Community Research and Development Information Service - CORDIS

FP7

BOVINOSE — Result In Brief

Project ID: 232460
Funded under: FP7-SME

Scientists create a mechanical ‘bull's nose’

Researchers have successfully developed a novel and easy-to-use instrument to detect oestrus (sexual readiness) in dairy cows. The aim was to enable optimal timing of artificial insemination.
Scientists create a mechanical ‘bull's nose’
In nature, successful conception in cattle is dependent on the timing of insemination, which relies on detection of the cow's sex pheromones by the bull. But, as dairy farmers often rely on artificial insemination (AI) to maximise milk and offspring production in cattle, they can get the timing wrong.

An EU-funded project called ‘Pheromone-based sensor system for detecting estrus in dairy cows’ (BOVINOSE) aimed at developing a tool that essentially acts as a bull's nose and thus successfully detects oestrus in cows. The project brought together individuals with expertise in pheromone research, sensor development and signal processing, and veterinary know-how.

Research into the so-called volatile info-chemicals, which are components of the sex pheromones, revealed that faeces were the most suitable source of the pheromones. Specifically, researchers identified acetic and propionic acids as effective indicators of oestrus and found that they increased in amount at approximately 24 hours before ovulation.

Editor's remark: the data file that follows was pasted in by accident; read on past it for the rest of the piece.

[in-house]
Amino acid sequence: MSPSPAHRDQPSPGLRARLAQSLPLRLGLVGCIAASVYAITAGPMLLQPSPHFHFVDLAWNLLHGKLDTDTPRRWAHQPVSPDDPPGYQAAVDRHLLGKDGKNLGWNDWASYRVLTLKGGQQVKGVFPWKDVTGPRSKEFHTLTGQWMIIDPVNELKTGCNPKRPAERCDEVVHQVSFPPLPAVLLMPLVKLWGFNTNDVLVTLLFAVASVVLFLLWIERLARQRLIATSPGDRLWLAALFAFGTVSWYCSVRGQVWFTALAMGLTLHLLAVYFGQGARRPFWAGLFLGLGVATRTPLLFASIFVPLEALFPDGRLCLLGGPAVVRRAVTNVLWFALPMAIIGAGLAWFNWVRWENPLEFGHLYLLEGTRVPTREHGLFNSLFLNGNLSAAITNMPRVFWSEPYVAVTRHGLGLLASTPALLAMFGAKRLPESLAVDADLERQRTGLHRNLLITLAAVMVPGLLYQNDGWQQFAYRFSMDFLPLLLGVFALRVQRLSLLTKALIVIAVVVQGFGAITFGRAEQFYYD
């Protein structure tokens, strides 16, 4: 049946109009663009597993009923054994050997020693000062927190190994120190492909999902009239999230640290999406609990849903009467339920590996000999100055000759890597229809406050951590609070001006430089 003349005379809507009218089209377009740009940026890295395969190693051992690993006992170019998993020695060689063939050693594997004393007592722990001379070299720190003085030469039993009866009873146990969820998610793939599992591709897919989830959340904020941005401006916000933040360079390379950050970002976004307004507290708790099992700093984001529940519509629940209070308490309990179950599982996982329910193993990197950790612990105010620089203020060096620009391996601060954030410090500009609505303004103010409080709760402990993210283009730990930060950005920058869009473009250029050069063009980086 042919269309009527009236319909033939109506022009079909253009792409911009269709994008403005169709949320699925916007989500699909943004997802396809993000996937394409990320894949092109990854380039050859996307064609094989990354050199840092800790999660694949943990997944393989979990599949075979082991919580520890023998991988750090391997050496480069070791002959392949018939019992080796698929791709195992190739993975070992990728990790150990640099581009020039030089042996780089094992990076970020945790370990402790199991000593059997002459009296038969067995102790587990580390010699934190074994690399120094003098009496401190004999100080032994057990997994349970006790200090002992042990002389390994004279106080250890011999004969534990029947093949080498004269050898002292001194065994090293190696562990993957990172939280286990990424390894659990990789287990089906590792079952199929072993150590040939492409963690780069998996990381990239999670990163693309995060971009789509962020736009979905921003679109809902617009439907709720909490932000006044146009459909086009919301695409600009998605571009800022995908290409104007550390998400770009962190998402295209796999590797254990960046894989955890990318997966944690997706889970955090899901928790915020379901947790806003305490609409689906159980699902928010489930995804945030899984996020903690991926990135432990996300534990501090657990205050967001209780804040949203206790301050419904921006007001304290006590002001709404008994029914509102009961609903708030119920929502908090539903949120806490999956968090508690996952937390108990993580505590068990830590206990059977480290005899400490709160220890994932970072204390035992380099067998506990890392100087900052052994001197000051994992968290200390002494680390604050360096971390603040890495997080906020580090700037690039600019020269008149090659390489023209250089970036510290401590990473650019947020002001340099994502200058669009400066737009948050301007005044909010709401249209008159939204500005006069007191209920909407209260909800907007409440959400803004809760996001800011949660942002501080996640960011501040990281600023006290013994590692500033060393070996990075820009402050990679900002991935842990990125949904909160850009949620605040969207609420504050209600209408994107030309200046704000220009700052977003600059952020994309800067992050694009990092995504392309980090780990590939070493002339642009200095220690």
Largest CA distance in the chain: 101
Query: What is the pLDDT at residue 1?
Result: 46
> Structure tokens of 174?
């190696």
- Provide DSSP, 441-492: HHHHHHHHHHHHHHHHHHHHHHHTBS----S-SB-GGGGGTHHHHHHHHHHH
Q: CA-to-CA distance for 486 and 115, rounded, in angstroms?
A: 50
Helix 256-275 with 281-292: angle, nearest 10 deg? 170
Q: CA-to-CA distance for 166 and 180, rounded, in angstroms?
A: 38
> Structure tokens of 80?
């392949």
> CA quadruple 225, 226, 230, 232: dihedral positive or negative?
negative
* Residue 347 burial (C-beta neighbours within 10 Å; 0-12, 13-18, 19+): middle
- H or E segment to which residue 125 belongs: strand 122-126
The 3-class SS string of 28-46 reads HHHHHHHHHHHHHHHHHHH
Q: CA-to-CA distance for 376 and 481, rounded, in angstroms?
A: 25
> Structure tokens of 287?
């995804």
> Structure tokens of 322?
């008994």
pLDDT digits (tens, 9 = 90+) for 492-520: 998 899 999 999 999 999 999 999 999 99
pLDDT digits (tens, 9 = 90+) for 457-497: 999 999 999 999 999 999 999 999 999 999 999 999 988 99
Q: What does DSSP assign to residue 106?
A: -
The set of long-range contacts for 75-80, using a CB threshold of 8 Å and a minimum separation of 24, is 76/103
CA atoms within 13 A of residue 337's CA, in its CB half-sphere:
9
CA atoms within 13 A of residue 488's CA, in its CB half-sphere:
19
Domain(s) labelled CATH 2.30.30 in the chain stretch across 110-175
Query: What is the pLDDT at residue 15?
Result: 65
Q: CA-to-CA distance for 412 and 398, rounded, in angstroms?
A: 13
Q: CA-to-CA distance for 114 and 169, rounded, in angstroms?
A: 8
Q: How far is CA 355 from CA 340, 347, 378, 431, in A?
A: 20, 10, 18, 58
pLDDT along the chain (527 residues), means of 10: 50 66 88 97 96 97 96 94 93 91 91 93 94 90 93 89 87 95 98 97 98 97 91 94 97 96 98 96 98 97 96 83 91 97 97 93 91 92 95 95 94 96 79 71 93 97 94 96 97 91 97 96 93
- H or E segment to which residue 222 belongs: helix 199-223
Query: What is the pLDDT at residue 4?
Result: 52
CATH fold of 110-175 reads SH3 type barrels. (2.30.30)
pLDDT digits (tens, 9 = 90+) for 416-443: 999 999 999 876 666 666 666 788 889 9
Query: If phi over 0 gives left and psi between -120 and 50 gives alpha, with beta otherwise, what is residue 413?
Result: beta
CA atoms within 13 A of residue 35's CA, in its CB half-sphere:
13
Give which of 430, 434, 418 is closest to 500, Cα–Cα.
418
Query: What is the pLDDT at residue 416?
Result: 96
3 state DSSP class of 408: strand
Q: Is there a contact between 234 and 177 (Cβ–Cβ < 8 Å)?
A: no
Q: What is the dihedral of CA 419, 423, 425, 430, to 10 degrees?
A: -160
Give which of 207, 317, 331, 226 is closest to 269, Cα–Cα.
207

Prior to developing a functional prototype of the whole system, researchers investigated a set of sensors for detecting the pheromones. The team then assembled a final sensor array from eight metal oxide gas sensors, which were calibrated using acetic and propionic acids.

The functional prototype consists of a probe, the array of sensors, and software for control and end-user interaction. Laboratory and field tests resulted in the construction of a second version of the device, which is smaller, portable, more integrated and automatic. Researchers found that the device provides a 70 % oestrus detection rate.

An economic assessment of the device also revealed a great benefit in terms of annual returns to both the customer and the device manufacturer. The tool can potentially be applied in various other forestry and agriculture settings for rapid, sensitive and reliable detection of volatile chemical markers.

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